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155 Clinically-oriented assessments of hamstring muscle strength are reliable
  1. Ellevyn Irwin,
  2. Grainne O’Callaghan,
  3. Aine Tunney,
  4. Eamonn Delahunt,
  5. Ulrik McCarthy Persson
  1. University College Dublin, School of Public Health, Physiotherapy and Sports Science, Dublin, Ireland


Background Hamstring muscle strain injuries are a prevalent non-contact injury incurred by field sport athletes. A low level of hamstring muscle strength has been reported to be a risk factor for hamstring muscle strain injury, whereby reliable, clinically-oriented assessments of hamstring muscle strength are required to assist clinicians to implement ‘targeted’ injury prevention strategies and make objective return-to-participation/sport decisions.

Objective To evaluate the interrater reliability of five different clinically-oriented assessments of hamstring muscle strength.

Design Interrater reliability study.

Setting Sports clubs.

Patients (or Participants) Twenty male field-sport athletes with no reported history of hamstring muscle strain injury within the previous 6 months participated.

Interventions (or Assessment of Risk Factors) Three sports physiotherapists independently assessed participants’ hamstring muscle strength using the following clinically-oriented assessments: (1) supine mid-range maximum voluntary isometric contraction (MVIC); (2) prone inner-range MVIC; (3) prone mid-range MVIC; (4) prone mid-range ‘eccentric break’; (5) supine outer-range ‘eccentric break’.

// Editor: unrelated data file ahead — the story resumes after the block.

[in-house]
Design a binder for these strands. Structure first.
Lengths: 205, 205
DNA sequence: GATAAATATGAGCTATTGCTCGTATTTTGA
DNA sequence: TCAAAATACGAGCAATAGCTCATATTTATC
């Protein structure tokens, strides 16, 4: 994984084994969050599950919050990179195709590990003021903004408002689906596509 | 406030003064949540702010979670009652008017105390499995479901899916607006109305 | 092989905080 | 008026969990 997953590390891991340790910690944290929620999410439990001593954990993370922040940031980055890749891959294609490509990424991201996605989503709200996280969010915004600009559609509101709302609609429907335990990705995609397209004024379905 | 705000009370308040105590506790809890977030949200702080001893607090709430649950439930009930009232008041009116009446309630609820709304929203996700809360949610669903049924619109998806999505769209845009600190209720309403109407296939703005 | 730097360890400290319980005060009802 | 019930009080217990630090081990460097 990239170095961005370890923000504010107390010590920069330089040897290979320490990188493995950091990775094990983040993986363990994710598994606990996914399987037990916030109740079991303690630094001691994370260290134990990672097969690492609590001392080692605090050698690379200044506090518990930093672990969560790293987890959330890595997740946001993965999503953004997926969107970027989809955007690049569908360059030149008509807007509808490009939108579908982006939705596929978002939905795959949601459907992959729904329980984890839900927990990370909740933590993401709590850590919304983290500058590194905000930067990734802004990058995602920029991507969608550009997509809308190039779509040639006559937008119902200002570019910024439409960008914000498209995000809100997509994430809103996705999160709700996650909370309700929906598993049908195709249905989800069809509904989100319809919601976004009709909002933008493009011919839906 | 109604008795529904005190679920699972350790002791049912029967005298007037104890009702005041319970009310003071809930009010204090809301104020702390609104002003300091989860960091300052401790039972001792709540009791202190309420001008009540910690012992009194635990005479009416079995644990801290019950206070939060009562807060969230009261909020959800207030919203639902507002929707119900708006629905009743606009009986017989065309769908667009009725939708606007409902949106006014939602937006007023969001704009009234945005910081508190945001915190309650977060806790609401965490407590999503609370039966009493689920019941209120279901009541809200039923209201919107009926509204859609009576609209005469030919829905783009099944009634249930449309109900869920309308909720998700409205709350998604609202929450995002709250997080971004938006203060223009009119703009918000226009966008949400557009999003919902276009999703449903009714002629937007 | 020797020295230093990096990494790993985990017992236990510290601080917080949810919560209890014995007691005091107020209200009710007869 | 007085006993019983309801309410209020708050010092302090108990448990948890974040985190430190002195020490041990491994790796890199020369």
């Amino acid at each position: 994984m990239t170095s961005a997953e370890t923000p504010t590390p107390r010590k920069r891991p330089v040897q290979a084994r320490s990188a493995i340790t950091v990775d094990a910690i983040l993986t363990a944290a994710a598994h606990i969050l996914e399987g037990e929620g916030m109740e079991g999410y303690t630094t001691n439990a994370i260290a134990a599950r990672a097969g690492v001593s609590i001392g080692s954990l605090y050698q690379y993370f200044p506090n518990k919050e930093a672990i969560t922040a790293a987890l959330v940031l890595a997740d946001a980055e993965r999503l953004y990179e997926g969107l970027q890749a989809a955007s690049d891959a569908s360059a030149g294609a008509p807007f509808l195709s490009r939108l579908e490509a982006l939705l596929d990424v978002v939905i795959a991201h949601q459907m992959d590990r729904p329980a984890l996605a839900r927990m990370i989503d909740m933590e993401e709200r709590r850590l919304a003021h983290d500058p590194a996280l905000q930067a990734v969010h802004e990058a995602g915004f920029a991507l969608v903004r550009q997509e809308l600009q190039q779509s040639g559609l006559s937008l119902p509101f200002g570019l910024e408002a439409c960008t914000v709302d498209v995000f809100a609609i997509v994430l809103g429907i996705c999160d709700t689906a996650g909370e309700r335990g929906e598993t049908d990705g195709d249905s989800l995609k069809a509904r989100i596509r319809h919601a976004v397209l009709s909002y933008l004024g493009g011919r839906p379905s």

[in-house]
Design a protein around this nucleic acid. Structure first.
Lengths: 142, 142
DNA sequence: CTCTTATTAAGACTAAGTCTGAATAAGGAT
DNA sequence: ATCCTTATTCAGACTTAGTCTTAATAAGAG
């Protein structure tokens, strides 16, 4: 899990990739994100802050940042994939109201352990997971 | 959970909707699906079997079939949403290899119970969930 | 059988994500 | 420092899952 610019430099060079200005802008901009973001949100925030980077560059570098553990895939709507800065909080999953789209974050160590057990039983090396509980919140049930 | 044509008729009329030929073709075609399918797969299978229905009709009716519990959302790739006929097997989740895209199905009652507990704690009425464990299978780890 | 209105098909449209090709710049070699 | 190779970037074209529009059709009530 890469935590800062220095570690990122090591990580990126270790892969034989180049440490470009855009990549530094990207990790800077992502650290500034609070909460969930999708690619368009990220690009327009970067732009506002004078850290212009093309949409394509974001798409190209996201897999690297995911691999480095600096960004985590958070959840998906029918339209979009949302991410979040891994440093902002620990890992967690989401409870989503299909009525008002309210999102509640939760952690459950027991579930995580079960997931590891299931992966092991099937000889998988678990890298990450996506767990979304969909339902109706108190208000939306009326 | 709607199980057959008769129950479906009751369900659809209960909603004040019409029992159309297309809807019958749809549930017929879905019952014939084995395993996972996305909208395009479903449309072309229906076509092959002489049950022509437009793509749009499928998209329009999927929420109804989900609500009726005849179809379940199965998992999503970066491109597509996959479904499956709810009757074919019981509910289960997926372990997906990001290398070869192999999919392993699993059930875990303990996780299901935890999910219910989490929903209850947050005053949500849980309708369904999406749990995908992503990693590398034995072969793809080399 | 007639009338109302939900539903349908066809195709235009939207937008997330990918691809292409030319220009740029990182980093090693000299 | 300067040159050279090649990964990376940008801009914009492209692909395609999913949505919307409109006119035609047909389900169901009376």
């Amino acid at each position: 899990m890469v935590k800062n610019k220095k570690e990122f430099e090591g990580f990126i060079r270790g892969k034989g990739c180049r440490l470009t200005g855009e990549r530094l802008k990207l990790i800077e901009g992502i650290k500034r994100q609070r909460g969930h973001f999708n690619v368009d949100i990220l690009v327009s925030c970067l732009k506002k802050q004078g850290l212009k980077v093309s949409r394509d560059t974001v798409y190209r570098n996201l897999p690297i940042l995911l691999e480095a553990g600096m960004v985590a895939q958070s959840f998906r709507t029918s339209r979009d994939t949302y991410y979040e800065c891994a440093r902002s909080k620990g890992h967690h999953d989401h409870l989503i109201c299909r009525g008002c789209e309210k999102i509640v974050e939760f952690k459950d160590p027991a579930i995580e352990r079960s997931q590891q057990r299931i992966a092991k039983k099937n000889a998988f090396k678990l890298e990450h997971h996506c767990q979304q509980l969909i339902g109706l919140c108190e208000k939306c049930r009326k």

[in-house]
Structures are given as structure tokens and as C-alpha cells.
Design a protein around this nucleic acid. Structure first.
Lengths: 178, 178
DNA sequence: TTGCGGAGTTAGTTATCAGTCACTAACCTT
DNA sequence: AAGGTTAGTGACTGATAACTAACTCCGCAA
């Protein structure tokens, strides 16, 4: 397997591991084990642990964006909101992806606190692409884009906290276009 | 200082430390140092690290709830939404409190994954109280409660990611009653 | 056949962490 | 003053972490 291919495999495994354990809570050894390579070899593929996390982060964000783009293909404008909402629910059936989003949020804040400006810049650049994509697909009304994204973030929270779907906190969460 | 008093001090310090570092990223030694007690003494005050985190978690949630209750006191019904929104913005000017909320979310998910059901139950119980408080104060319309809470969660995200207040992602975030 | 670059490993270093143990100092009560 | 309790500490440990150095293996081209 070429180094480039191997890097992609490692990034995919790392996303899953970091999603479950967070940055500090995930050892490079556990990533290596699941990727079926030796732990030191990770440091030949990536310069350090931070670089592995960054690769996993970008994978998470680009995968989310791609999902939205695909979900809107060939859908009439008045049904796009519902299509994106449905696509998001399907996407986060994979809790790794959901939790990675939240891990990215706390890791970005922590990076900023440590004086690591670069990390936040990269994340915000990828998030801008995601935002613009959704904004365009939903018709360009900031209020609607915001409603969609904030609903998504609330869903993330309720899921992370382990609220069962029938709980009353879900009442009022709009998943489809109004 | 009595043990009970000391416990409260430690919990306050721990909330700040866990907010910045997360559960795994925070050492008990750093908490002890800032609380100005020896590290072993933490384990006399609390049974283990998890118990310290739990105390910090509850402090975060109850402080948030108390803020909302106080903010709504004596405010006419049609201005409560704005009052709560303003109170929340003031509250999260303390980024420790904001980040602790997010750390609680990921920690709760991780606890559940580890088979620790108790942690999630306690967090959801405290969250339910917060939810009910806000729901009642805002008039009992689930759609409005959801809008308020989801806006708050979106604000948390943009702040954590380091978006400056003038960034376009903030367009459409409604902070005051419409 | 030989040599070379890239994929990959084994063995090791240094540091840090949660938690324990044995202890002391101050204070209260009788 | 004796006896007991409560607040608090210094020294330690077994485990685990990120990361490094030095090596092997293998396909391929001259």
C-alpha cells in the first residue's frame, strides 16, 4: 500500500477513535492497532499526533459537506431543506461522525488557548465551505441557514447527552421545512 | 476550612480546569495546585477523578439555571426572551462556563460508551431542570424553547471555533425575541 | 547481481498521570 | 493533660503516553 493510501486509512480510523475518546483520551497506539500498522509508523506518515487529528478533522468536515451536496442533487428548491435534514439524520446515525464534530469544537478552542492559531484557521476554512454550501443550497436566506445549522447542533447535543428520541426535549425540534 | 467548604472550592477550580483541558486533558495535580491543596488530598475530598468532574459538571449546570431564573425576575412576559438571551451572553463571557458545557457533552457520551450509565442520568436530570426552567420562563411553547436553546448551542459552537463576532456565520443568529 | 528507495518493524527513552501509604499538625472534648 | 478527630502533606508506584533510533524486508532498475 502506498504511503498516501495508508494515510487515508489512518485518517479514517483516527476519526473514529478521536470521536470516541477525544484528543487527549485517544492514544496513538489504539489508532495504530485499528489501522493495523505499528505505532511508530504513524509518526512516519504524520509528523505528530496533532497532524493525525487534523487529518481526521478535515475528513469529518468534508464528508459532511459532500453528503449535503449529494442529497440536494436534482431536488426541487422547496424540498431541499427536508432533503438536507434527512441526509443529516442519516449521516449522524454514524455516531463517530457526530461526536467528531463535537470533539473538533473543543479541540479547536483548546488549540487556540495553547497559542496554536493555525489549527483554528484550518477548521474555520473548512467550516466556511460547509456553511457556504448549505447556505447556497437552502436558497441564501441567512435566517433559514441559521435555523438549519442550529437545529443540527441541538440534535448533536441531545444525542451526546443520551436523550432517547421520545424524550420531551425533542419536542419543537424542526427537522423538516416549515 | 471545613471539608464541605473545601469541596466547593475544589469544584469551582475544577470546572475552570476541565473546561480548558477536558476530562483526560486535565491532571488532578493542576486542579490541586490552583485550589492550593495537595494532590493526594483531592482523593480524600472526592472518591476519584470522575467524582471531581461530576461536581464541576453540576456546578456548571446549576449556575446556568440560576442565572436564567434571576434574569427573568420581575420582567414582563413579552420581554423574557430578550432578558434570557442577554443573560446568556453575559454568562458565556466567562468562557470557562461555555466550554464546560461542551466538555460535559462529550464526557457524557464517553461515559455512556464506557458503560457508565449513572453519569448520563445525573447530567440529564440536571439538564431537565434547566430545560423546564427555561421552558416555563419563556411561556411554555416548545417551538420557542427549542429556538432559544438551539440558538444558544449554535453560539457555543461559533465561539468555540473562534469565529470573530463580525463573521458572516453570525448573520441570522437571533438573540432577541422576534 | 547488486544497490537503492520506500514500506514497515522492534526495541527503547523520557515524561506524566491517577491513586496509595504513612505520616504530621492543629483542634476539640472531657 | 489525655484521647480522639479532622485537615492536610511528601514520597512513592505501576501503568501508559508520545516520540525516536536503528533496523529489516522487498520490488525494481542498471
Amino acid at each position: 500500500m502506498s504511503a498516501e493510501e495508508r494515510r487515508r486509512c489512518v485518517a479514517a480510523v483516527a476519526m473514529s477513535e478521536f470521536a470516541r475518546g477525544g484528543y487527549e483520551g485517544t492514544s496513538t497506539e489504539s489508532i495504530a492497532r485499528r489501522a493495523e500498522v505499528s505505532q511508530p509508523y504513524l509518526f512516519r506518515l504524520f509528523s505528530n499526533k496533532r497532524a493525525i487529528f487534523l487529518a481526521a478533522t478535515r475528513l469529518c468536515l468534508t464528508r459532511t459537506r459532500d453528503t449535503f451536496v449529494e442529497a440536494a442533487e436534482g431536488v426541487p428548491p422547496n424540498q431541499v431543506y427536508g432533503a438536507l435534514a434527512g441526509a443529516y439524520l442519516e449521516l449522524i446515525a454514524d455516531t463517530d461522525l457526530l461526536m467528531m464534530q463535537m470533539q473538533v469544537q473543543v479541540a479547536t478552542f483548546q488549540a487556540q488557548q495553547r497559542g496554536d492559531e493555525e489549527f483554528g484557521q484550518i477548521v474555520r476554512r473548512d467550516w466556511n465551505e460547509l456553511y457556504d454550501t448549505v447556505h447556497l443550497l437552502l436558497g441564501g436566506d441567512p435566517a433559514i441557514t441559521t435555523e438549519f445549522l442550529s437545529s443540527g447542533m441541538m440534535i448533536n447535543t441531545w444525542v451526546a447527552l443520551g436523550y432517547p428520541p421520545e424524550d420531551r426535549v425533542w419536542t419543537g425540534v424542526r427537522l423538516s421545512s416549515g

Main Outcome Measurements Intraclass correlation coefficients (ICCs) and 95% confidence intervals (CI) were calculated to determine interrater reliability. We chose the ICC (2,3) model, which corresponds to a 2-way mixed model, with measurement of the mean of 3 raters and absolute agreement.

Results Excellent interrater reliability was demonstrated for the supine mid-range MVIC (ICC=0.86; 95% CI = 0.70–0.94) and prone mid-range MVIC (ICC=0.79; 95% CI = 0.60–0.91). Good interrater reliability was demonstrated for the prone inner-range MVIC (0.72; 95% CI = 0.44–0.88), prone mid-range ‘eccentric break’ (ICC=0.67; 95% CI = 0.33–0.85), and supine outer-range ‘eccentric break’ (ICC=0.67; 95% CI = 0.34–0.85). The highest and lowest force values were registered during the supine outer-range ‘eccentric break’ (310±57.8N) and prone inner-range MVIC (127±31.4N), respectively.

Conclusions Clinically-oriented assessments of hamstring muscle strength are reliable. These assessments can be used as an integral part of injury prevention, rehabilitation progression and objective return-to- sport decisions.

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